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(how to tell the biblical story in a way that makes a difference)

The death of Jesus: not as difficult to understand as you might think

Peter Enns has written in his characteristically provocative style about two issues in the Bible that are really important but not at all clear.

The first has to do with Israelite origins. We can be reasonably confident about the broad outline of Israelite history back to the reign of David, but earlier than that things are decidedly murky. “Historically speaking,” Enns writes, “we really don’t know where the Israelites came from, and the exodus and conquest stories, which are so central to the biblical account, are particularly problematic.”

The second issue is of a very different type: “Why did Jesus die?”

13 Feb 2017

Here’s one way of framing my “thesis” at the hermeneutical level—that is, at the level of how we interpret the Bible and make use of it as church.

For various complex reasons the church is coming under pressure to switch from a theological way of thinking to what I think is most concisely and most...

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9 Feb 2017

It appears that a new Scrolls Cave has been discovered at Qumran—the first new cave in sixty years. All that was found in the cave, sadly, were the remains of six broken jars, some fragments of parchment and papyrus, and a piece of linen. Any scrolls that might have been preserved in the jars were looted in the mid...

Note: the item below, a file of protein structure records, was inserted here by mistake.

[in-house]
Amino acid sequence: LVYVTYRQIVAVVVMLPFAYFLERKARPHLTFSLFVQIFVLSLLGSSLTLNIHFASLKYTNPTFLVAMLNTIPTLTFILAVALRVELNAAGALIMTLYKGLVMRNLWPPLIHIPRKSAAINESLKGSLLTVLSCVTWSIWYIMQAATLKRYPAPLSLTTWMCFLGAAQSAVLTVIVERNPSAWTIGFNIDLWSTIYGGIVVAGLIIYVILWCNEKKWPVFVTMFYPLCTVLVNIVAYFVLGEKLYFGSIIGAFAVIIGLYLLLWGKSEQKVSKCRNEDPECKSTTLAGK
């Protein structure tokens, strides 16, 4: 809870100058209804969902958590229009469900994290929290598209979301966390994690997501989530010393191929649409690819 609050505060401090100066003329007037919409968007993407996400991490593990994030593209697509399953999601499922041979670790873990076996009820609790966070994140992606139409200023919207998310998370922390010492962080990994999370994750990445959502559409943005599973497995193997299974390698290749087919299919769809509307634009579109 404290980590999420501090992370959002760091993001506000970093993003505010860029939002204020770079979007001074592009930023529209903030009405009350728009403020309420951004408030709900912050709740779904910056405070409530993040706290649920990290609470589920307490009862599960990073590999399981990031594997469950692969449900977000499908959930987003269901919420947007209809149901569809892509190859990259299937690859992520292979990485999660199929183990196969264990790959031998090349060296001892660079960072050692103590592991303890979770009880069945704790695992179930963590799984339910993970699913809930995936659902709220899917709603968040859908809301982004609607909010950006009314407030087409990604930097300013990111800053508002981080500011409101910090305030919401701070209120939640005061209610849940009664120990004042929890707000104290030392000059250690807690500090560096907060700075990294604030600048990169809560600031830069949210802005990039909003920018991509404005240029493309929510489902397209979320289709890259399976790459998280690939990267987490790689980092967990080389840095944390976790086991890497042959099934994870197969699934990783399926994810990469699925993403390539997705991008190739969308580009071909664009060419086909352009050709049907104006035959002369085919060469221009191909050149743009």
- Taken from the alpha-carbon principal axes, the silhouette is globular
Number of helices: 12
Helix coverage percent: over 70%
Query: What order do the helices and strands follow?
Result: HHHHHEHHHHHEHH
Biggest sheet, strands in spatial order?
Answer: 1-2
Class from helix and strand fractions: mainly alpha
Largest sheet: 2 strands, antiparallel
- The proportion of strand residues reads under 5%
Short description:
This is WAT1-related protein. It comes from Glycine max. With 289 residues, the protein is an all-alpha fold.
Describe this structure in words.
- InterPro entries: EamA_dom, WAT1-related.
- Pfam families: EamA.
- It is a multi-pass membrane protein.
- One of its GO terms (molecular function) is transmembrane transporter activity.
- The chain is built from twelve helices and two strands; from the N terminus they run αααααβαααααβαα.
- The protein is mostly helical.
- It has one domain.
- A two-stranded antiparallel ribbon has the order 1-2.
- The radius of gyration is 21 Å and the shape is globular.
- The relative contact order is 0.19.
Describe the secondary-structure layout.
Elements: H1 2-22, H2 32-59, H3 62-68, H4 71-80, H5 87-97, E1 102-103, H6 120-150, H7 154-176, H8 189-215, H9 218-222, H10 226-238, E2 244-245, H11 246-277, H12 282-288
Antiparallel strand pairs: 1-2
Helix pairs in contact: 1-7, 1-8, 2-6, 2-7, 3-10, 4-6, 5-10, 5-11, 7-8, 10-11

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9 Feb 2017

I said I would look at the idea of calling on the name of the Lord Jesus in order to round off a little flurry of posts on the relation between Jesus and God in the context, particularly, of Luke’s narrative in Acts. The aim is neither to undermine nor defend Trinitarian orthodoxy. It is to try to imagine how the...

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6 Feb 2017

After the death of Judas the disciples decide that a replacement must be chosen to bear witness to Jesus’ resurrection. Two men are nominated, Barsabbas and Matthias. Luke then writes:

And they prayed and said, “You, Lord, who know the hearts of all, show which one of these two you have chosen (...

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2 Feb 2017

In Acts Luke tells a story about the mission of the early church first to Israel, then to the nations. The risen Lord Jesus features prominently in this story both as the content of the church’s preaching and as one who is dynamically involved in the direction and oversight of that mission.

Nothing suggests,...

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31 Jan 2017

Marc Taylor has taken issue with my argument that there is little scope for a “high christology” in Acts because the proclamation that Jesus is Lord is “accounted for almost entirely by reference to narratives found in the Psalms, in which Israel’s king is delivered by God and given authority to judge and rule over...

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25 Jan 2017

The question is put to me from time to time: How does the modern state of Israel fit into your narrative-historical schema? Does Israel still have a covenantal right to the land? It’s come up in passing, but I don’t think I’ve addressed the matter directly. Donald Trump’s apparent support for Israel and the...

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20 Jan 2017

There is a small number of texts in the New Testament that have been taken as evidence that in the earliest period Jesus was directly called “God”. John Tancock lists John 1:1; 20:28; Romans 9:5; Titus 2:13 and 2 Peter 1:1. I’ve discussed the two John passages and Romans 9:5 in other posts, though they go back a...

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